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"To Kill a Mockingbird" Introduction

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Abraham Miranda

on 4 October 2013

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Transcript of "To Kill a Mockingbird" Introduction

The student will learn...
* biographical information about the author
* similarities between the author's life and the novel
* about the story's setting
* the historical context of the story
* the story's the point of view and narrator
* the author's tone
* the novel's motifs
* the various forms of language used by the main characters
....by writing framed notes and reading and discussing a passage from
the story
Harper Lee:
Biographical Information
* Early 1950s
* Studied law
* Airline hostess
* Began writing
Harper Lee:
Biographical Information (Continued)
* Age 87
* Resides in New York
* Private person
* Rarely makes public appearances or does interviews
* In 1961, won the Pulitzer Prize for fiction
The Novel
* Written in 2.5 years
* Instant hit
* Best seller for 1.5 years
* Made into an academy award winning movie
* Sold over 30 million copies and translated into over 40 languages
Similarities between Author and Novel
* Towns
* Monroeville and Maycomb are similar in size and layout
* Fathers
* Both lawyers
* Lee's mother's maiden name was Finch, Finch is the last name of the story's family
* Both had genuine humility and natural dignity
* Time Frame
* When Lee wrote the Novel, she was the same age as Scout when telling the story in the novel
* Maycomb, Alabama (fictional city)
* During the Great Depression (1930s)
* Although slavery had been abolished, Southerners in Maycomb continue to believe in white supremacy
Life in the 1930s
The Scottsboro Boys
* Nine black teenagers are falsely charged with raping two women in Scottsboro, Alabama; eight are convicted and sentenced to death
* The U.S. Surpeme Court reverses their convictions because their constitutional rights had been violated
* The boys are tried again and found guilty
* The surpreme court reserves their convictions again
* Eventually, four of the defendants are freed; the other five serve prison terms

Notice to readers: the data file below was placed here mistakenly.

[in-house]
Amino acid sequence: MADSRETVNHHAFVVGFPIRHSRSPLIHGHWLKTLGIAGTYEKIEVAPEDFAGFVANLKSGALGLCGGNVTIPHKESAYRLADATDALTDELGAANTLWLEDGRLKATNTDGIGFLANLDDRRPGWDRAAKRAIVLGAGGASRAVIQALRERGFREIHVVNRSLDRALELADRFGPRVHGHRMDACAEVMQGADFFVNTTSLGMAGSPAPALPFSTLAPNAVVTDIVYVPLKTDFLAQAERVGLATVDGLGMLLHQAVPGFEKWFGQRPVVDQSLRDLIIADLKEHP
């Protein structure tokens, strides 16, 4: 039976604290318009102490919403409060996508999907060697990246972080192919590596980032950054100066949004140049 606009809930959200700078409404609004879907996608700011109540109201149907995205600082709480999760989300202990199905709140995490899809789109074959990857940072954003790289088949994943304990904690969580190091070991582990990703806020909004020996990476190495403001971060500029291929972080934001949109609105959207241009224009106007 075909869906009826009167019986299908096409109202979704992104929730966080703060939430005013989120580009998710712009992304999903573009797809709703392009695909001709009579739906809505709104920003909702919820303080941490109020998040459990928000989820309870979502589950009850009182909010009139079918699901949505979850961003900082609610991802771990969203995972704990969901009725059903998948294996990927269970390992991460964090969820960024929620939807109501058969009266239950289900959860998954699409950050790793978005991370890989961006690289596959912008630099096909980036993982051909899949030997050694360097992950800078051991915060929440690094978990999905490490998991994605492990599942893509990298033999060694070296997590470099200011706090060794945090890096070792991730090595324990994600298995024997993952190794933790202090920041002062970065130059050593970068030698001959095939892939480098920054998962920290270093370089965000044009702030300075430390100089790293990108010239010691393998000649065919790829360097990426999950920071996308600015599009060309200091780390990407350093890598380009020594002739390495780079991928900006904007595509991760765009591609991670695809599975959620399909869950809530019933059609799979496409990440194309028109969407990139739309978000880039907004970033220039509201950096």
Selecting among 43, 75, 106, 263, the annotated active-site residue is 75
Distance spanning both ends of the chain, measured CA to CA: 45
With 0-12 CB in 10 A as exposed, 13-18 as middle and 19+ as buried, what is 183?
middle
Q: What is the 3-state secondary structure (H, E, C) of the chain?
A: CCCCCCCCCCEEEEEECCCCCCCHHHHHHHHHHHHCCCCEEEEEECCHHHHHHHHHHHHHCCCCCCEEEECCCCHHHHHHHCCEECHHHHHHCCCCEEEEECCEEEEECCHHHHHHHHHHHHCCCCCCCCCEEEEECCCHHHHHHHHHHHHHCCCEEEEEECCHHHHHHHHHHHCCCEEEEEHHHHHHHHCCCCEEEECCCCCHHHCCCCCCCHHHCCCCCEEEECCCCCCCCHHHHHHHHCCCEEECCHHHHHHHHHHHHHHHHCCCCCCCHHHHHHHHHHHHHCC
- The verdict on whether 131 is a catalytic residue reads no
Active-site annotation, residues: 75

* The last Scottsboro defendant was paroled in 1950
* It was virtually impossible for a black person to receive a fair trail

The Great Depression
* The Great Depression sweeps the nation
* Many families don't have money for basic needs such as food clothing and shelter
* The per capita income for families in Alabama was $125-$250 per year
* Many southern blacks pick cotton for a living
* Franklin D. Roosevelt was president

Legal Segregation in
Alabama, 1923-1940
* No white females in hospitals treated black men
* Separate passenger cars for white and blacks
* Separate waiting rooms for whites and blacks
* Separation of white and black convicts
* Separate schools
* No interracial marriages
* Segregated water fountains
* Segregated theaters
Point of View
1st Person
* Told by someone in the story. The “I” person is the narrator also. Everything is told from one perspective.
2nd Person
* Told from the you perspective. Very rarely used and a difficult form to write in.
3rd Person Omniscient
* Told by an outside narrator. This narrator is all knowing and sees everything. Knows the thoughts and actions of all the characters.
3rd Person Limited
* Told by an outside narrator. This narrator only knows the thoughts and actions of one of the characters.
3rd Person Limited
* Told by an outside narrator. This narrator only knows the actions of the characters.
Point of View
To Kill a Mockingbird
* In this novel, the story is told from Scout’s point of view (1st person).
* The novel is primarily told by the child, Scout, but the narrator also uses the fact that it has been years since the event to fill in other details (showing maturity).
Jean Louise Finch "Scout"
* The story’s narrator
* Although now an adult, Scout looks back at her childhood and tells of the momentous events and influential people of those years
* Scout is six when the story begins
* She is naturally curious about life
Racial Prejudice
Social Snobbery
The Need for Compassion
The Need for Conscience
Humorous (at times)
Sometimes the language of Scout will be that of her as a child; other times, she will be speaking in the voice of an adult
Atticus uses formal speech
Calpurnia uses “white language” in the Finch house and switches to “black jargon” when amidst blacks
The Ewells use foul words and obscenities
Jem, Scout, and Dill will use slang words, typical of their age
Tom Robinson uses language typical of the southern black such as “suh” for “sir” and “chillun” for “children”
Various derogatory terms for blacks will be used such as “nigger,” “darky,” “Negroes,” and “colored folk”– Lee uses such language to keep her novel naturally in sync with common language of the times
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